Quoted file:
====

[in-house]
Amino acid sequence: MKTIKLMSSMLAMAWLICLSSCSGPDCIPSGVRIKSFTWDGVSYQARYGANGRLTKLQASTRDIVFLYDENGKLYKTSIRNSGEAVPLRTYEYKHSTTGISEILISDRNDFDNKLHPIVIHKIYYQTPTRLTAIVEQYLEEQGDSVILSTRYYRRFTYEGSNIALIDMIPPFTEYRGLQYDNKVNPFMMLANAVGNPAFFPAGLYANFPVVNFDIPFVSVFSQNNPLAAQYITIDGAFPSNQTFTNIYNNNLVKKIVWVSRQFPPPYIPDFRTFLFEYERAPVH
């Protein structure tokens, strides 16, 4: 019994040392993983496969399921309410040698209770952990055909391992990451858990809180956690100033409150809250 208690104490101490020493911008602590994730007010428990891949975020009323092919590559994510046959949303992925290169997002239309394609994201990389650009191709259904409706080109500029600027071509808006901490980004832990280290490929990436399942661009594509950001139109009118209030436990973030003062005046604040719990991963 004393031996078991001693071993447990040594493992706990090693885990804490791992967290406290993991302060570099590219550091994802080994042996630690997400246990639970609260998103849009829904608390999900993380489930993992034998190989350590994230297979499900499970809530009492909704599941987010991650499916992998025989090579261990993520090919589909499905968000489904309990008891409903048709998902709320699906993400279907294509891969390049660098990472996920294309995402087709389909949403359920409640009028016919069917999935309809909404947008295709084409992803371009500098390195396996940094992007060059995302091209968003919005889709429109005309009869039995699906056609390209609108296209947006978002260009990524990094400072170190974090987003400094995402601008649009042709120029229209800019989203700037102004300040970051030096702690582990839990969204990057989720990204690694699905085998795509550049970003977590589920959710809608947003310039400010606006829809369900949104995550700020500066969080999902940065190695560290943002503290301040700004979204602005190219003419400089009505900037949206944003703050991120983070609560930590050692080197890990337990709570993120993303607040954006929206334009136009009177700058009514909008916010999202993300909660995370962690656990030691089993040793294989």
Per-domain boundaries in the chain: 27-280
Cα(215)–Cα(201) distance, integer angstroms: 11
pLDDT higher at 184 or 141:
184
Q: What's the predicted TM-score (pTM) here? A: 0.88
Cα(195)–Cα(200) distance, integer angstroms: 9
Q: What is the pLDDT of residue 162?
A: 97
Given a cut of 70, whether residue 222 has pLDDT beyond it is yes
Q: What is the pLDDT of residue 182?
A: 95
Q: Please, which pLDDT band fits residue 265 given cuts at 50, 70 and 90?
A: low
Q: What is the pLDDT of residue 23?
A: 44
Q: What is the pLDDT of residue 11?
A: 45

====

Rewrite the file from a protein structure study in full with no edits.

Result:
[in-house]
Amino acid sequence: MKTIKLMSSMLAMAWLICLSSCSGPDCIPSGVRIKSFTWDGVSYQARYGANGRLTKLQASTRDIVFLYDENGKLYKTSIRNSGEAVPLRTYEYKHSTTGISEILISDRNDFDNKLHPIVIHKIYYQTPTRLTAIVEQYLEEQGDSVILSTRYYRRFTYEGSNIALIDMIPPFTEYRGLQYDNKVNPFMMLANAVGNPAFFPAGLYANFPVVNFDIPFVSVFSQNNPLAAQYITIDGAFPSNQTFTNIYNNNLVKKIVWVSRQFPPPYIPDFRTFLFEYERAPVH
């Protein structure tokens, strides 16, 4: 019994040392993983496969399921309410040698209770952990055909391992990451858990809180956690100033409150809250 208690104490101490020493911008602590994730007010428990891949975020009323092919590559994510046959949303992925290169997002239309394609994201990389650009191709259904409706080109500029600027071509808006901490980004832990280290490929990436399942661009594509950001139109009118209030436990973030003062005046604040719990991963 004393031996078991001693071993447990040594493992706990090693885990804490791992967290406290993991302060570099590219550091994802080994042996630690997400246990639970609260998103849009829904608390999900993380489930993992034998190989350590994230297979499900499970809530009492909704599941987010991650499916992998025989090579261990993520090919589909499905968000489904309990008891409903048709998902709320699906993400279907294509891969390049660098990472996920294309995402087709389909949403359920409640009028016919069917999935309809909404947008295709084409992803371009500098390195396996940094992007060059995302091209968003919005889709429109005309009869039995699906056609390209609108296209947006978002260009990524990094400072170190974090987003400094995402601008649009042709120029229209800019989203700037102004300040970051030096702690582990839990969204990057989720990204690694699905085998795509550049970003977590589920959710809608947003310039400010606006829809369900949104995550700020500066969080999902940065190695560290943002503290301040700004979204602005190219003419400089009505900037949206944003703050991120983070609560930590050692080197890990337990709570993120993303607040954006929206334009136009009177700058009514909008916010999202993300909660995370962690656990030691089993040793294989």
Per-domain boundaries in the chain: 27-280
Cα(215)–Cα(201) distance, integer angstroms: 11
pLDDT higher at 184 or 141:
184
Q: What's the predicted TM-score (pTM) here? A: 0.88
Cα(195)–Cα(200) distance, integer angstroms: 9
Q: What is the pLDDT of residue 162?
A: 97
Given a cut of 70, whether residue 222 has pLDDT beyond it is yes
Q: What is the pLDDT of residue 182?
A: 95
Q: Please, which pLDDT band fits residue 265 given cuts at 50, 70 and 90?
A: low
Q: What is the pLDDT of residue 23?
A: 44
Q: What is the pLDDT of residue 11?
A: 45